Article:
A three-part series by Louisa Lim at NPR explores China’s quest for scientific prestige. Frequently, it emerges, this is marked by impressive but superficial figures such as raw numbers of papers published, rather than genuinely substantial progress.
“I’m rocked … with what this country can do in such a short time. So imagine the next five years or next 10, and I would think it’s very likely the science here will be the dominant science, probably in the world,” he adds.
But in terms of pure numbers, China still has a long way to go before it catches up with the U.S.
“If we compare in absolute dollars, the Chinese are spending about a third or a little bit more than what the U.S. is putting into science and technology development,” says the University of Oregon’s Denis Simon, putting the figures in context.
While spending is growing at an average of 20% per year, a recent Wall Street Journal article suggested that, behind a veil of surging patent filings, China’s science investment was not producing real results in proportion to its quantity. One reason for this inefficiency is widespread plagiarism by Chinese researchers, an issue explored in the third part of the series:
In 2008, when her scientific publication, the Journal of Zhejiang University-Science, became the first in China to use CrossCheck text analysis software to spot plagiarism, Zhang was pleased to be a trailblazer. But when the first set of results came in, she was upset and horrified.
“In almost two years, we find about 31 percent of papers with unreasonable copy[ing] and plagiarism,” she says, shaking her head. “This is true ….”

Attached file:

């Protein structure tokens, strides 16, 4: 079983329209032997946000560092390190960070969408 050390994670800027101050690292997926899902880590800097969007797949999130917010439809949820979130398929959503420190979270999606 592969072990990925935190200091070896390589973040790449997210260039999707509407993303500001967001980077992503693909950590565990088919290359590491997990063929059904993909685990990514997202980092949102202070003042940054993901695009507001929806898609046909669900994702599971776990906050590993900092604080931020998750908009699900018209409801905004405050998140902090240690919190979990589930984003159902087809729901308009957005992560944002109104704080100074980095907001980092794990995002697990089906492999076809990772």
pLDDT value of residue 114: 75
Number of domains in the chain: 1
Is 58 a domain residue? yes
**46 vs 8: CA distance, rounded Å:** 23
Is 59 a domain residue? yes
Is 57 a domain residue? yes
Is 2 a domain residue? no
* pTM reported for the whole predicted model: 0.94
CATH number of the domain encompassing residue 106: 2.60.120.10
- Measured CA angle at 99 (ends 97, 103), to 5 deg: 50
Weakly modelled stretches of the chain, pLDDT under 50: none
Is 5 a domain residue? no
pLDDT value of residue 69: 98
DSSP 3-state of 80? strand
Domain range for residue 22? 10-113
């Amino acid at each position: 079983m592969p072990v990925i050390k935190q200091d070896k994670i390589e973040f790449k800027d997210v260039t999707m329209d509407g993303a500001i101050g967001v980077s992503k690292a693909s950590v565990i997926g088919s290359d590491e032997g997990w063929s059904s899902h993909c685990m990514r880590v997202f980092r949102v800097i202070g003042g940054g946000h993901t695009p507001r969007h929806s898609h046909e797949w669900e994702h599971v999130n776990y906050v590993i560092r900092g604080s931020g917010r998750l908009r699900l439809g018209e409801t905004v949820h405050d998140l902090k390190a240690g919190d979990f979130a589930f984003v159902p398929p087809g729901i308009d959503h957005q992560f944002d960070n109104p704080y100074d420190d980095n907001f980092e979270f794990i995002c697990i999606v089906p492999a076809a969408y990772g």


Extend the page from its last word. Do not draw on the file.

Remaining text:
Wang Lingyun has [one] explanation for the rampant plagiarism and copying: political hierarchy … “China is still a society of official standard thought,” he says. “Everything is run by officials, and a higher-rank official can crush a lower rank. Many academics who commit plagiarism are also officials, so they’re seldom held responsible. Words from people of a lower rank mean little.”
The second instalment focuses on China’s supercomputers, one of which, Tianhe-1A, was for six months the worlds fastest. But one expert at the Chinese Academy of Science dismisses it as a glorified games machine, citing a lack of software optimised to use all of its (US-made) processors.
Today, China boasts 61 out of the top 500 supercomputing sites in the world — making it second only to the U.S., which has 255.
“The striking thing is, back in 2001, China had zero computers on the list,” says Jack Dongarra from the University of Tennessee, who helps compile the top 500 list. “So China very quickly grew its high-performance computing capabilities, and are now No. 2 on the list in terms of the number of high-performance computers deployed ….”
However, China lags far behind the U.S. in software development. Computer scientists in China say just 10 percent of Beijing’s investment goes to software. And a lack of applications that use its own machines could hamper China’s supercomputer development.
Dongarra, of the University of Tennessee, says it’s still too early to tell whether China’s most powerful supercomputer is simply an expensive white elephant.